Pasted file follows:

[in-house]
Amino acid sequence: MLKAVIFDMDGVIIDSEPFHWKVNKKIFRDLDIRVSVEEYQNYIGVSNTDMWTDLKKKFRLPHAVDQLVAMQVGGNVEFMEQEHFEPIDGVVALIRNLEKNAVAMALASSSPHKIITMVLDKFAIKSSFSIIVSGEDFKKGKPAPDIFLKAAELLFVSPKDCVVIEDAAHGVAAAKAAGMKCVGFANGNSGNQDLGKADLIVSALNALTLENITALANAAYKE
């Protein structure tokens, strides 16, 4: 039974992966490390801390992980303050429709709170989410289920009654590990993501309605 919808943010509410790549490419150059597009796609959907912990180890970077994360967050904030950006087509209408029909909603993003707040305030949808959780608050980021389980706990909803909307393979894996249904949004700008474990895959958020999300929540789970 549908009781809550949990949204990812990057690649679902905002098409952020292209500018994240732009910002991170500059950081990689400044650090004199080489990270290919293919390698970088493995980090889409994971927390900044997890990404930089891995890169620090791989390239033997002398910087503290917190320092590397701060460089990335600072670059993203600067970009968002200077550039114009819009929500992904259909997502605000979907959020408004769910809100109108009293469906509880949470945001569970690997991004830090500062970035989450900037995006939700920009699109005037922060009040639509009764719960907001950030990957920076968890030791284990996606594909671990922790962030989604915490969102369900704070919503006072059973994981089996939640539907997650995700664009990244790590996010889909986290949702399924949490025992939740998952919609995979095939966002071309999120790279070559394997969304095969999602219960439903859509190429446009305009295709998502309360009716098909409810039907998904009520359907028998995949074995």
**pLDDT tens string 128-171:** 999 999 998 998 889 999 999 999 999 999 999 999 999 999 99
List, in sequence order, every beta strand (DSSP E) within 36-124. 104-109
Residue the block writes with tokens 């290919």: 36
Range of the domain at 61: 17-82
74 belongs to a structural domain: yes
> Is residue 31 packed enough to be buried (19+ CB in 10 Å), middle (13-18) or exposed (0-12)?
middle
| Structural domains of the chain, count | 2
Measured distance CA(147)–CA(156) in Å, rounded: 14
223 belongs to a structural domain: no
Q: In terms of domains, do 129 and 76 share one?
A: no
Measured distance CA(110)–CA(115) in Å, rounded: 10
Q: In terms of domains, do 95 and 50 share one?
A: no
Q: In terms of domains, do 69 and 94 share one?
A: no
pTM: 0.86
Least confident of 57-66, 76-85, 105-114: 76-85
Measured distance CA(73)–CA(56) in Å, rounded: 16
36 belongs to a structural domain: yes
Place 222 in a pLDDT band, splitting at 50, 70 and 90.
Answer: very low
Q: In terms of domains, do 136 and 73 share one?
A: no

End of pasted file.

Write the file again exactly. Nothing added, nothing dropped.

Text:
[in-house]
Amino acid sequence: MLKAVIFDMDGVIIDSEPFHWKVNKKIFRDLDIRVSVEEYQNYIGVSNTDMWTDLKKKFRLPHAVDQLVAMQVGGNVEFMEQEHFEPIDGVVALIRNLEKNAVAMALASSSPHKIITMVLDKFAIKSSFSIIVSGEDFKKGKPAPDIFLKAAELLFVSPKDCVVIEDAAHGVAAAKAAGMKCVGFANGNSGNQDLGKADLIVSALNALTLENITALANAAYKE
């Protein structure tokens, strides 16, 4: 039974992966490390801390992980303050429709709170989410289920009654590990993501309605 919808943010509410790549490419150059597009796609959907912990180890970077994360967050904030950006087509209408029909909603993003707040305030949808959780608050980021389980706990909803909307393979894996249904949004700008474990895959958020999300929540789970 549908009781809550949990949204990812990057690649679902905002098409952020292209500018994240732009910002991170500059950081990689400044650090004199080489990270290919293919390698970088493995980090889409994971927390900044997890990404930089891995890169620090791989390239033997002398910087503290917190320092590397701060460089990335600072670059993203600067970009968002200077550039114009819009929500992904259909997502605000979907959020408004769910809100109108009293469906509880949470945001569970690997991004830090500062970035989450900037995006939700920009699109005037922060009040639509009764719960907001950030990957920076968890030791284990996606594909671990922790962030989604915490969102369900704070919503006072059973994981089996939640539907997650995700664009990244790590996010889909986290949702399924949490025992939740998952919609995979095939966002071309999120790279070559394997969304095969999602219960439903859509190429446009305009295709998502309360009716098909409810039907998904009520359907028998995949074995």
**pLDDT tens string 128-171:** 999 999 998 998 889 999 999 999 999 999 999 999 999 999 99
List, in sequence order, every beta strand (DSSP E) within 36-124. 104-109
Residue the block writes with tokens 């290919």: 36
Range of the domain at 61: 17-82
74 belongs to a structural domain: yes
> Is residue 31 packed enough to be buried (19+ CB in 10 Å), middle (13-18) or exposed (0-12)?
middle
| Structural domains of the chain, count | 2
Measured distance CA(147)–CA(156) in Å, rounded: 14
223 belongs to a structural domain: no
Q: In terms of domains, do 129 and 76 share one?
A: no
Measured distance CA(110)–CA(115) in Å, rounded: 10
Q: In terms of domains, do 95 and 50 share one?
A: no
Q: In terms of domains, do 69 and 94 share one?
A: no
pTM: 0.86
Least confident of 57-66, 76-85, 105-114: 76-85
Measured distance CA(73)–CA(56) in Å, rounded: 16
36 belongs to a structural domain: yes
Place 222 in a pLDDT band, splitting at 50, 70 and 90.
Answer: very low
Q: In terms of domains, do 136 and 73 share one?
A: no